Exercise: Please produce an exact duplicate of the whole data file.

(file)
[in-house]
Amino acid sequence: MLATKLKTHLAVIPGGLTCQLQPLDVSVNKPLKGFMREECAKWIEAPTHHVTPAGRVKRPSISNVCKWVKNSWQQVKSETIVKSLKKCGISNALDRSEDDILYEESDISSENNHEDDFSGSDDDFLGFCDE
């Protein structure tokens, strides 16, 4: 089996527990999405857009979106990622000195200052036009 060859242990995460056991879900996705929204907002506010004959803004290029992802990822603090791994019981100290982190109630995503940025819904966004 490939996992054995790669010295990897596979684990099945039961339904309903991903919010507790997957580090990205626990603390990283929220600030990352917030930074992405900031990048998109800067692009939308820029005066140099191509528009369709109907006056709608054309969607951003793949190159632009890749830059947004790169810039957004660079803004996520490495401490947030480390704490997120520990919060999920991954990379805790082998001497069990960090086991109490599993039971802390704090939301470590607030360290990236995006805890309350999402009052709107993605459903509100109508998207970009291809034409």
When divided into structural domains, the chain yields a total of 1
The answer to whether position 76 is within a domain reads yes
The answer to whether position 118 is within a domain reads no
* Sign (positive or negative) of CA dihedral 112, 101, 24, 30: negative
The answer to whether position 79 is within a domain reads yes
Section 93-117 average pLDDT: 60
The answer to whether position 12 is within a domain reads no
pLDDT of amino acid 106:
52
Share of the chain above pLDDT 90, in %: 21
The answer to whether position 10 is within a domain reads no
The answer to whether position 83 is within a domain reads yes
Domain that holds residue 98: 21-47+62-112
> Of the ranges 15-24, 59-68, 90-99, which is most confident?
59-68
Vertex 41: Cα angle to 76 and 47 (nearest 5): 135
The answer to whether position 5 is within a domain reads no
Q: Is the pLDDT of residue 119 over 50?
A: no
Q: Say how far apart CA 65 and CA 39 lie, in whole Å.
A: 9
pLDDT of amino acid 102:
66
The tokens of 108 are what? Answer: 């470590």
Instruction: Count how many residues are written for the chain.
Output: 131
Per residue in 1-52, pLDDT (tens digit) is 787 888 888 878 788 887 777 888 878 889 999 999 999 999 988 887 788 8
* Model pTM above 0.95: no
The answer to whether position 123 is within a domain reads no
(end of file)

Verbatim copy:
[in-house]
Amino acid sequence: MLATKLKTHLAVIPGGLTCQLQPLDVSVNKPLKGFMREECAKWIEAPTHHVTPAGRVKRPSISNVCKWVKNSWQQVKSETIVKSLKKCGISNALDRSEDDILYEESDISSENNHEDDFSGSDDDFLGFCDE
């Protein structure tokens, strides 16, 4: 089996527990999405857009979106990622000195200052036009 060859242990995460056991879900996705929204907002506010004959803004290029992802990822603090791994019981100290982190109630995503940025819904966004 490939996992054995790669010295990897596979684990099945039961339904309903991903919010507790997957580090990205626990603390990283929220600030990352917030930074992405900031990048998109800067692009939308820029005066140099191509528009369709109907006056709608054309969607951003793949190159632009890749830059947004790169810039957004660079803004996520490495401490947030480390704490997120520990919060999920991954990379805790082998001497069990960090086991109490599993039971802390704090939301470590607030360290990236995006805890309350999402009052709107993605459903509100109508998207970009291809034409």
When divided into structural domains, the chain yields a total of 1
The answer to whether position 76 is within a domain reads yes
The answer to whether position 118 is within a domain reads no
* Sign (positive or negative) of CA dihedral 112, 101, 24, 30: negative
The answer to whether position 79 is within a domain reads yes
Section 93-117 average pLDDT: 60
The answer to whether position 12 is within a domain reads no
pLDDT of amino acid 106:
52
Share of the chain above pLDDT 90, in %: 21
The answer to whether position 10 is within a domain reads no
The answer to whether position 83 is within a domain reads yes
Domain that holds residue 98: 21-47+62-112
> Of the ranges 15-24, 59-68, 90-99, which is most confident?
59-68
Vertex 41: Cα angle to 76 and 47 (nearest 5): 135
The answer to whether position 5 is within a domain reads no
Q: Is the pLDDT of residue 119 over 50?
A: no
Q: Say how far apart CA 65 and CA 39 lie, in whole Å.
A: 9
pLDDT of amino acid 102:
66
The tokens of 108 are what? Answer: 């470590």
Instruction: Count how many residues are written for the chain.
Output: 131
Per residue in 1-52, pLDDT (tens digit) is 787 888 888 878 788 887 777 888 878 889 999 999 999 999 988 887 788 8
* Model pTM above 0.95: no
The answer to whether position 123 is within a domain reads no